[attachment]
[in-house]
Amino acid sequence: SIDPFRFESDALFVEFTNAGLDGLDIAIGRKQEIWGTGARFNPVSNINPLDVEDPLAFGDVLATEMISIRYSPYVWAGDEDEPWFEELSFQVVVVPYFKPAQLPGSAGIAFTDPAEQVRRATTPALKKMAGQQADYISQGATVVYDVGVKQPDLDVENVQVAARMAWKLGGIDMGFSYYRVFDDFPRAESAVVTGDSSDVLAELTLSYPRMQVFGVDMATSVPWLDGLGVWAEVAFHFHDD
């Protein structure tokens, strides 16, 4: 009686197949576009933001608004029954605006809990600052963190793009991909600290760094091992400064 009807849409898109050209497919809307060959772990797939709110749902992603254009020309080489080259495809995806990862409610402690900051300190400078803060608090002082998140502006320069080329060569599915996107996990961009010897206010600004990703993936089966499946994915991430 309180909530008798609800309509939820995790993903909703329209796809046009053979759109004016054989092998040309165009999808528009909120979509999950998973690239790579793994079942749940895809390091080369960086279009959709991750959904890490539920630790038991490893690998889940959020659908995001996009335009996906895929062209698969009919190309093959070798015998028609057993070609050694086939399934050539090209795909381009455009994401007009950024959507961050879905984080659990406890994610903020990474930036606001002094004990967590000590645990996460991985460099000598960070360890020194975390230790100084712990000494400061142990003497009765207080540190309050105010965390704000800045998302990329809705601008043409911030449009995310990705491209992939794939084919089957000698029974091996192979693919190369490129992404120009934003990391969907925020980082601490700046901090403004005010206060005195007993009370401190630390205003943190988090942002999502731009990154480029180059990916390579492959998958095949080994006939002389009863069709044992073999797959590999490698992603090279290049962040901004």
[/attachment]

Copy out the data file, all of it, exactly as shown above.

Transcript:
[in-house]
Amino acid sequence: SIDPFRFESDALFVEFTNAGLDGLDIAIGRKQEIWGTGARFNPVSNINPLDVEDPLAFGDVLATEMISIRYSPYVWAGDEDEPWFEELSFQVVVVPYFKPAQLPGSAGIAFTDPAEQVRRATTPALKKMAGQQADYISQGATVVYDVGVKQPDLDVENVQVAARMAWKLGGIDMGFSYYRVFDDFPRAESAVVTGDSSDVLAELTLSYPRMQVFGVDMATSVPWLDGLGVWAEVAFHFHDD
């Protein structure tokens, strides 16, 4: 009686197949576009933001608004029954605006809990600052963190793009991909600290760094091992400064 009807849409898109050209497919809307060959772990797939709110749902992603254009020309080489080259495809995806990862409610402690900051300190400078803060608090002082998140502006320069080329060569599915996107996990961009010897206010600004990703993936089966499946994915991430 309180909530008798609800309509939820995790993903909703329209796809046009053979759109004016054989092998040309165009999808528009909120979509999950998973690239790579793994079942749940895809390091080369960086279009959709991750959904890490539920630790038991490893690998889940959020659908995001996009335009996906895929062209698969009919190309093959070798015998028609057993070609050694086939399934050539090209795909381009455009994401007009950024959507961050879905984080659990406890994610903020990474930036606001002094004990967590000590645990996460991985460099000598960070360890020194975390230790100084712990000494400061142990003497009765207080540190309050105010965390704000800045998302990329809705601008043409911030449009995310990705491209992939794939084919089957000698029974091996192979693919190369490129992404120009934003990391969907925020980082601490700046901090403004005010206060005195007993009370401190630390205003943190988090942002999502731009990154480029180059990916390579492959998958095949080994006939002389009863069709044992073999797959590999490698992603090279290049962040901004």